It’s known as the Mpemba effect, and it’s been observed as far back as Aristotle. But hot water really can sometimes freeze faster than cold, and the science of why is only beginning to be fully understood.
“I have lived in a flurry of images, but I will go out in a freeze frame.” -Anthony Quinn
You’ve all seen the footage and heard of the trick by now: throw a pot of boiling water in the air and watch it turn into snow. (Assuming you don’t burn yourself instead.) The physics behind this weird behavior is incredibly interesting and related to what happens to water in space, but there’s an even more bizarre and counterintuitive phenomena out there, as my old college friend Ricardo asks:
In some circumstances, warmer water can freeze faster than colder water. Why is this?
This is known as the Mpemba effect, and believe it or not, it’s real.
The effect is named after a Tanzanian schoolchild, Erasto Mpemba, who noticed while making ice cream with his classmates that warm milk froze faster than cold milk. Although this type of effect has been observed many times historically, on the surface it hardly makes any sense. Let’s think about why.
Normally, if you start with liquid water, you can either add energy to it, heating it to its boiling point of 100 °C (212 °F) and continuing to add energy as it goes through its phase change into water vapor, or you can remove energy from it, cooling down to its freezing point of 0 °C (32 °F) and continuing to remove heat as you turn it into ice. It would only make sense that if you began with colder water, it would freeze faster, since it would take less time to reach the freezing point in the first place!
In fact, most experiments that you can do will show exactly this: the colder water freezes first.
Even a “failed” experiment like this, however, offers a clue to how hot water might freeze faster than cold: notice how much faster the hot water cools down than the cold! Again, this is very intuitive, since if you put a 10 °C pot of water and a 90 °C pot of water in -10 °C surroundings, the one with the 100 °C temperature difference is going to lose heat a lot more quickly than the one with just a 20 °C difference.
But there’s a little more to the story than that, and it has everything to do with the unique properties of water.
You see, water is a very polar molecule, with an extremely electronegative oxygen atom attached to two hydrogens. In chemistry-speak, each oxygen is an electron hog, meaning that portion of the molecule is generally negatively charged, while the hydrogen side is electron-deficient, leaving it positively charged.
And if you take molecules that have negative-and-positive ends and put a whole bunch of them together, they’re going to form loose bonds with one another; this is known as hydrogen bonding.
Now in the liquid phase, water molecules are free to rotate and move around some, much moreso than in the solid phase but not nearly as much as in the gaseous phase. But what do you think happens when you have hot water versus cold water?
You’re probably familiar with this childhood experiment: dropping food coloring into both hot water and cold water.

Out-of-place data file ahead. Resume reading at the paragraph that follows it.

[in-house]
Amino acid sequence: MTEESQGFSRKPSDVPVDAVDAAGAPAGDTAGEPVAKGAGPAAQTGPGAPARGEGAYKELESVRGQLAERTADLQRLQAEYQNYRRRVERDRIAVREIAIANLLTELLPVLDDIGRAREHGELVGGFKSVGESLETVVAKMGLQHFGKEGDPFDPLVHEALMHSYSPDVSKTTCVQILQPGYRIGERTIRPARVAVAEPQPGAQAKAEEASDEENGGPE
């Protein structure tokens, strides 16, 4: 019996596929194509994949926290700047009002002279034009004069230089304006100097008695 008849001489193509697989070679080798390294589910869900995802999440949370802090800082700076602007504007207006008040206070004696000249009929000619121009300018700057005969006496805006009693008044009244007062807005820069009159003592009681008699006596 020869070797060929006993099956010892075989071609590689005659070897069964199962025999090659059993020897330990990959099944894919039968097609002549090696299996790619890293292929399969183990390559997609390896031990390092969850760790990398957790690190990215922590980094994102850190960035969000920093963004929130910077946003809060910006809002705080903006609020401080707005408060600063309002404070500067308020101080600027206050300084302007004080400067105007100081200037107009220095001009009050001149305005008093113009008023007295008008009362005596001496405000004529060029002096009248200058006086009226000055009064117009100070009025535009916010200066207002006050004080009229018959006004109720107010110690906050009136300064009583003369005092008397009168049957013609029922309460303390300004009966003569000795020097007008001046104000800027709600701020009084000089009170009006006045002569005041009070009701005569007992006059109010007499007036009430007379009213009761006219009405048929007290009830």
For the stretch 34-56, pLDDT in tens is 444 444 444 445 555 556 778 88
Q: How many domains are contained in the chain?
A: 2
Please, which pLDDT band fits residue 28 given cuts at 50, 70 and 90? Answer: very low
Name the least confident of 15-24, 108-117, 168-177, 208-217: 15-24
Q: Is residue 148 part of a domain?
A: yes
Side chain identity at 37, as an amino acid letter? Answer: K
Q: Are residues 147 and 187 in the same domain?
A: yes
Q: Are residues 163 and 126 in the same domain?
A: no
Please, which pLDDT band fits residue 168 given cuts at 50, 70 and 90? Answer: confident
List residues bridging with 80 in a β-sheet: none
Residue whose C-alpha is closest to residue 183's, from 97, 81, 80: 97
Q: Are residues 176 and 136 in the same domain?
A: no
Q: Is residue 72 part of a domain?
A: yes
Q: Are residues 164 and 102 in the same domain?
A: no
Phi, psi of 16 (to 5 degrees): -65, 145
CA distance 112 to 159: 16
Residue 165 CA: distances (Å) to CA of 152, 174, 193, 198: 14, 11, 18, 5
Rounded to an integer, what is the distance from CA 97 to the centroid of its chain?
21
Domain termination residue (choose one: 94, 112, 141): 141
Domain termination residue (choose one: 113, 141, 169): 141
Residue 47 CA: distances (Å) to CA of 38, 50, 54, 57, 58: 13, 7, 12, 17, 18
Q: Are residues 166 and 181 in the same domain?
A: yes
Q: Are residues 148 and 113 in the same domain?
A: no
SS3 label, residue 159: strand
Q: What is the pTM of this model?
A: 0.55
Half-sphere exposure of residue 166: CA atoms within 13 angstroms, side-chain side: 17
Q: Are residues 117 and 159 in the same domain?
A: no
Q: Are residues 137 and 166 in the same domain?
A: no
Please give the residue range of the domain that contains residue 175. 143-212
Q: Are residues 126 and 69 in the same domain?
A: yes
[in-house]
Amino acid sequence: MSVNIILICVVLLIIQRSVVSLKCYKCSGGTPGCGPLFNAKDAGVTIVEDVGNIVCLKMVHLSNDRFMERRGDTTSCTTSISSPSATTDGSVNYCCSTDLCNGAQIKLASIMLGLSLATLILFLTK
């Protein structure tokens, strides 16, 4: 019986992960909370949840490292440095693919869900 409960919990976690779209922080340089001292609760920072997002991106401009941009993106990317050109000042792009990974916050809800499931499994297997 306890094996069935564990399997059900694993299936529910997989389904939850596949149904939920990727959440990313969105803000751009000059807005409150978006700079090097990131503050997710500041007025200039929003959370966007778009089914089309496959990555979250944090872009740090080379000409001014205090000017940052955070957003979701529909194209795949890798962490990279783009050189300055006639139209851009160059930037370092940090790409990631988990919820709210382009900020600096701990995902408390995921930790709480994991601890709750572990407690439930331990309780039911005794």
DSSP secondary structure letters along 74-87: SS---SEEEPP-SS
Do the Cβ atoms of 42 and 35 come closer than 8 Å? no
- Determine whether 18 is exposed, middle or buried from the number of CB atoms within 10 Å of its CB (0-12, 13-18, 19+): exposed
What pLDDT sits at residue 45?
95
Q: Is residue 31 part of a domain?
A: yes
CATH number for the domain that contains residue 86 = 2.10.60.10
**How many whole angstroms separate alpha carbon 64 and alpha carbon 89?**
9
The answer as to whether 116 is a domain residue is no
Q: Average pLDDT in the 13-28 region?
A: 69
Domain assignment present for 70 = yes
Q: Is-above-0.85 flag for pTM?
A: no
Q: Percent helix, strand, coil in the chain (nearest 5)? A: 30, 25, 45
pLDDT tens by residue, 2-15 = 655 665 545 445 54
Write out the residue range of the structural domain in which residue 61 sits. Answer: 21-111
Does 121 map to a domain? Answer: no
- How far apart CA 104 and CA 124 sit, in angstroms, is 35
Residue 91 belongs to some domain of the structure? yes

The hotter the water is, the faster the individual molecules can race around and disperse. What’s going on at a molecular level is that the hotter any substance is:
- the faster your molecules move around,
- the easier it is to spontaneously break those tenuous, intermolecular hydrogen bonds, and
- the more the covalent bonds in each molecule itself lengthen.
At least, those three things are what typically happen for a liquid substance. But water is just a little bit unusual.
The funny thing about it is that at cold (low) temperatures, each molecule of water typically has at least four neighboring water molecules, each tugging on this highly polar molecule. These neighboring molecules — even with their weak hydrogen bonds — effectively stretch the covalent bonds between the hydrogen and oxygen atoms.
This roughly tetrahedral structure around each water molecule is highly disrupted in hotter water, meaning that there’s no longer this inter-molecular stretching going on. So while the water molecules are moving around faster, and it is easier to break these tenuous hydrogen bonds, the covalent bonds inside each water molecule actually shrink as they increase in temperature!
So of the three standard things that typically happen for liquids, two happen for water, but the opposite happens for the third! So for hot water, these covalent bonds are shorter and stiffer, and when you cool it, contracting the hydrogen bonds, that forces the covalent bonds to lengthen, which means a faster relaxation time and — under the right conditions — a faster arrival at the freezing point for initially hotter water!
The higher temperature the water starts off at, the more energy is stored in those shorter, stiffer covalent bonds, and then placing that water in a very cold environment causes energy to be released at a rate that is exponentially dependent on the initial bond energy!
(Below to the left, you can see how τ, the energy release timescale, is much shorter at higher initial temperatures, and at right, you can see how the energy of the covalent bond is greater at higher initial temperatures.)
Experimentally, the best way to reproduce this result is to have relatively small amounts of cool water and water that’s nearly boiling as your initial subjects, and a “cold environment” that isn’t too much colder than freezing, but that’s large enough to be unaffected by the heat of the liquid water.
And that is our current understanding of why the Mpemba effect happens, or why initially hotter water can freeze faster than cold!